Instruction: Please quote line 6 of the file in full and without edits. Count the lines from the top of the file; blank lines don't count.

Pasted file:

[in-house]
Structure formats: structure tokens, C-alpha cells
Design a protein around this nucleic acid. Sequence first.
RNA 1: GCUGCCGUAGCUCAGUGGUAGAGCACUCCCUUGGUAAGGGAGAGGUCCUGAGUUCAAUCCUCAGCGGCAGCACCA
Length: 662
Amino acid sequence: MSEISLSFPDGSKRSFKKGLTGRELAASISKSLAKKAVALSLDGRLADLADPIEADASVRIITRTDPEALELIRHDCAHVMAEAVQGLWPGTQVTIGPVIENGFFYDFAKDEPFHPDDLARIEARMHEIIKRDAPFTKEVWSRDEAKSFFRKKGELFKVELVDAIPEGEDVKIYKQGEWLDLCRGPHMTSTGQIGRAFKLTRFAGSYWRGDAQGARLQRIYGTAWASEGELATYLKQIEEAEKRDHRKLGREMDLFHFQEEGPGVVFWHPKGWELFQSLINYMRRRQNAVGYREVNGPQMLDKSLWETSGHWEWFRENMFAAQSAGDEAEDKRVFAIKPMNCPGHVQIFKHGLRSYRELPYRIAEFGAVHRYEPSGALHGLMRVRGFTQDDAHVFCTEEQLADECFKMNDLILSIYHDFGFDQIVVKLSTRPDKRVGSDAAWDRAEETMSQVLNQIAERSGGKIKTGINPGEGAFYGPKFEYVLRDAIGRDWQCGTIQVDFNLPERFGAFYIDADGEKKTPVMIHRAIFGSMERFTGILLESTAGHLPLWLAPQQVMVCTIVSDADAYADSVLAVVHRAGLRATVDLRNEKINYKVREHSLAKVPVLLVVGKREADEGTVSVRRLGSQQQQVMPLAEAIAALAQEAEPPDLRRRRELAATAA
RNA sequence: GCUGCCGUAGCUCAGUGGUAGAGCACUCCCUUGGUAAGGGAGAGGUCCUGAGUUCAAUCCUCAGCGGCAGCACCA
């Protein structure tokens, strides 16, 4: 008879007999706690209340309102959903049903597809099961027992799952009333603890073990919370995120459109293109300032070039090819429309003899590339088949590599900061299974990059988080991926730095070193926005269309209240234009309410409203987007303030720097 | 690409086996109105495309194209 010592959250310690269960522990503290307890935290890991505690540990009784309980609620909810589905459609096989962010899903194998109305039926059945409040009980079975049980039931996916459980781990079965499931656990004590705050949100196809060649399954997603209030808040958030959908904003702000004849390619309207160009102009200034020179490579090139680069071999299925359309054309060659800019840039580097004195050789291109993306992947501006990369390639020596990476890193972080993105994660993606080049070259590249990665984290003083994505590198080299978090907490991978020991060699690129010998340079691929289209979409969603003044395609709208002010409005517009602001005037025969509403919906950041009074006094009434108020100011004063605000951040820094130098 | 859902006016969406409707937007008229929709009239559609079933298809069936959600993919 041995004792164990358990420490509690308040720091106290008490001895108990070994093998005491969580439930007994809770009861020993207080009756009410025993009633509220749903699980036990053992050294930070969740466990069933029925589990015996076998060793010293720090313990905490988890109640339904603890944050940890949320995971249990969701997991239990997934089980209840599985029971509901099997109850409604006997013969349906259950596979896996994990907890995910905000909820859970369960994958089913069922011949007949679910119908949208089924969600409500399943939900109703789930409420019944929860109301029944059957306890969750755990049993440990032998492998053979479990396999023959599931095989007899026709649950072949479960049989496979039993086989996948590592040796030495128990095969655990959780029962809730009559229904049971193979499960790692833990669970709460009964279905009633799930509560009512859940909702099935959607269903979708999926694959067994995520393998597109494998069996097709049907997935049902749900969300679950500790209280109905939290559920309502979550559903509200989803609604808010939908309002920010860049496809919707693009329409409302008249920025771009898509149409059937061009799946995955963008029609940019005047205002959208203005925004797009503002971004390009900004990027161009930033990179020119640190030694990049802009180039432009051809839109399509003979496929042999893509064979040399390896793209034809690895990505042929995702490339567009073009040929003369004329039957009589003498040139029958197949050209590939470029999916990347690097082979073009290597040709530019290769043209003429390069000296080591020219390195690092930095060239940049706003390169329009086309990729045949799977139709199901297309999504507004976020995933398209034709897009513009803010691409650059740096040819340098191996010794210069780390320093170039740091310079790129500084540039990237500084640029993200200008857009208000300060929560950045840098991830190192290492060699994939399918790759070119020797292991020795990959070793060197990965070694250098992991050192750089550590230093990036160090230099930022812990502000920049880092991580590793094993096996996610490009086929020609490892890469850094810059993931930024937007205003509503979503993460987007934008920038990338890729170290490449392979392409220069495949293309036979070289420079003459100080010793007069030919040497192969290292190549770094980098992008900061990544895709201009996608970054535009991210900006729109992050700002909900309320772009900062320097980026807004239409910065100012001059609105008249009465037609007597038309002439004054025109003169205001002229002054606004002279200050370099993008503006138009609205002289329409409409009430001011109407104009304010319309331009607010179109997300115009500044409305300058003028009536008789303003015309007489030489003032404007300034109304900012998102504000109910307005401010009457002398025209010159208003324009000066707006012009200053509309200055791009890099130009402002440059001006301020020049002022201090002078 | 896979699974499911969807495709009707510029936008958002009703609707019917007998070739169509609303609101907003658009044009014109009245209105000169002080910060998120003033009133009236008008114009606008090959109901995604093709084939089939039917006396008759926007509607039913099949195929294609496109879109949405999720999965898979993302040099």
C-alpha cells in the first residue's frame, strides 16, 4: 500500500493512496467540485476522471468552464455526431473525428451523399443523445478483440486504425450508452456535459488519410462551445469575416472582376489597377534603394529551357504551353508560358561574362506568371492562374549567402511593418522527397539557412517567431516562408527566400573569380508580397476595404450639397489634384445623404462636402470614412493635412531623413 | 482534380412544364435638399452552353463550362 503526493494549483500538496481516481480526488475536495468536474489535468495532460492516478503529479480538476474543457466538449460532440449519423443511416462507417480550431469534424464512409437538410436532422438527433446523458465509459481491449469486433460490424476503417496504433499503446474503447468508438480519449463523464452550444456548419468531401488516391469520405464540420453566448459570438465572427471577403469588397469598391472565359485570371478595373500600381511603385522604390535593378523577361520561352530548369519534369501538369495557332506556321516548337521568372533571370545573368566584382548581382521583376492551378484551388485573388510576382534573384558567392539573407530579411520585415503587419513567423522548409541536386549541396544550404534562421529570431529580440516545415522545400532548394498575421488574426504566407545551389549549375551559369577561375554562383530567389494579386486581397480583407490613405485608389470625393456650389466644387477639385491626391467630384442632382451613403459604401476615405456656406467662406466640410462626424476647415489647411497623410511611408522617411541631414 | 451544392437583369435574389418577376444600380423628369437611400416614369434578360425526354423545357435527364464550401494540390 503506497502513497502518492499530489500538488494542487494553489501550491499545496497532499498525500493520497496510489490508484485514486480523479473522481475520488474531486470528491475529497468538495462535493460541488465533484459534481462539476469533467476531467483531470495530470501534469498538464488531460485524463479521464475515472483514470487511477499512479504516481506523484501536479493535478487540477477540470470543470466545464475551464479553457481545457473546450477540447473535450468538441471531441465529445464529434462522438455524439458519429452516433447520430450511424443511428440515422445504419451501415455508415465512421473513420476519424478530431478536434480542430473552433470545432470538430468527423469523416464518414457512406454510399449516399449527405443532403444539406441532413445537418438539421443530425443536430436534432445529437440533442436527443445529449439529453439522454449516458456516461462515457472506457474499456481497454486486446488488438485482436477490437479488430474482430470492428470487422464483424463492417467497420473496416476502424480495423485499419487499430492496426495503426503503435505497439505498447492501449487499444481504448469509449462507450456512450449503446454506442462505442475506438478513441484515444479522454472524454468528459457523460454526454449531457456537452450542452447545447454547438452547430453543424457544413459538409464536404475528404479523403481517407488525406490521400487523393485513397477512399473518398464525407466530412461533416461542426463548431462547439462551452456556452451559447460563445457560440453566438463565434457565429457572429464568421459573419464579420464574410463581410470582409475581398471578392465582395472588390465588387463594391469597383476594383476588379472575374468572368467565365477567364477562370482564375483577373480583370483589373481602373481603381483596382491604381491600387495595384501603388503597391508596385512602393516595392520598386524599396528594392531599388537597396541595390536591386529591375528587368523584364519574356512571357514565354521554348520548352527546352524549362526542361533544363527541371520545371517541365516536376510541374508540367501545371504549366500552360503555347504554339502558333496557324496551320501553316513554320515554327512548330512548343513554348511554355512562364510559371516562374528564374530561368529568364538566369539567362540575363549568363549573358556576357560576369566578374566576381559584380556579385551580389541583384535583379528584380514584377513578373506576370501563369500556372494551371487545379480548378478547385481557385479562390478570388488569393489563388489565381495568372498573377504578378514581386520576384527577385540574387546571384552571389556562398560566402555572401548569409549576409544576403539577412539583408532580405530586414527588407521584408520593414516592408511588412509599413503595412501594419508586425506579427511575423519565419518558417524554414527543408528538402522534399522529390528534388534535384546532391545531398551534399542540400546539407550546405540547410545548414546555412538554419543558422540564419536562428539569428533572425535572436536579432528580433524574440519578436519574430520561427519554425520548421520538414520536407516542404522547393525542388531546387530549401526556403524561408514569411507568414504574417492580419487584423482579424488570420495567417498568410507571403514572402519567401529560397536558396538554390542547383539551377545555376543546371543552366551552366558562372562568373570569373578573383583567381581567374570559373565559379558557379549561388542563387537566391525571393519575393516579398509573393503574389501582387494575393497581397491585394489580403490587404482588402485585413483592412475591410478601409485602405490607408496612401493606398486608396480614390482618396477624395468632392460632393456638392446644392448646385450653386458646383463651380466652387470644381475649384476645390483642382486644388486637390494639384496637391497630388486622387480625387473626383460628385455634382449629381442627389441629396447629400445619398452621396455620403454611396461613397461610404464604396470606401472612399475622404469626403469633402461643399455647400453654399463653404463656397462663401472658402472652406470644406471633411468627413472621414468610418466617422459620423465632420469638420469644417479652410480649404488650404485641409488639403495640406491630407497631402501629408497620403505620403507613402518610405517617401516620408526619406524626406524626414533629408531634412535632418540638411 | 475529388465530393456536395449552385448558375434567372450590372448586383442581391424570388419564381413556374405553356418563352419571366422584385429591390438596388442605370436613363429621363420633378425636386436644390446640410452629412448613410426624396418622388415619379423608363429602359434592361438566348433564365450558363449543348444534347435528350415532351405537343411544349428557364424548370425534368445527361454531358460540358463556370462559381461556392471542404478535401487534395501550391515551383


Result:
Amino acid sequence: MSEISLSFPDGSKRSFKKGLTGRELAASISKSLAKKAVALSLDGRLADLADPIEADASVRIITRTDPEALELIRHDCAHVMAEAVQGLWPGTQVTIGPVIENGFFYDFAKDEPFHPDDLARIEARMHEIIKRDAPFTKEVWSRDEAKSFFRKKGELFKVELVDAIPEGEDVKIYKQGEWLDLCRGPHMTSTGQIGRAFKLTRFAGSYWRGDAQGARLQRIYGTAWASEGELATYLKQIEEAEKRDHRKLGREMDLFHFQEEGPGVVFWHPKGWELFQSLINYMRRRQNAVGYREVNGPQMLDKSLWETSGHWEWFRENMFAAQSAGDEAEDKRVFAIKPMNCPGHVQIFKHGLRSYRELPYRIAEFGAVHRYEPSGALHGLMRVRGFTQDDAHVFCTEEQLADECFKMNDLILSIYHDFGFDQIVVKLSTRPDKRVGSDAAWDRAEETMSQVLNQIAERSGGKIKTGINPGEGAFYGPKFEYVLRDAIGRDWQCGTIQVDFNLPERFGAFYIDADGEKKTPVMIHRAIFGSMERFTGILLESTAGHLPLWLAPQQVMVCTIVSDADAYADSVLAVVHRAGLRATVDLRNEKINYKVREHSLAKVPVLLVVGKREADEGTVSVRRLGSQQQQVMPLAEAIAALAQEAEPPDLRRRRELAATAA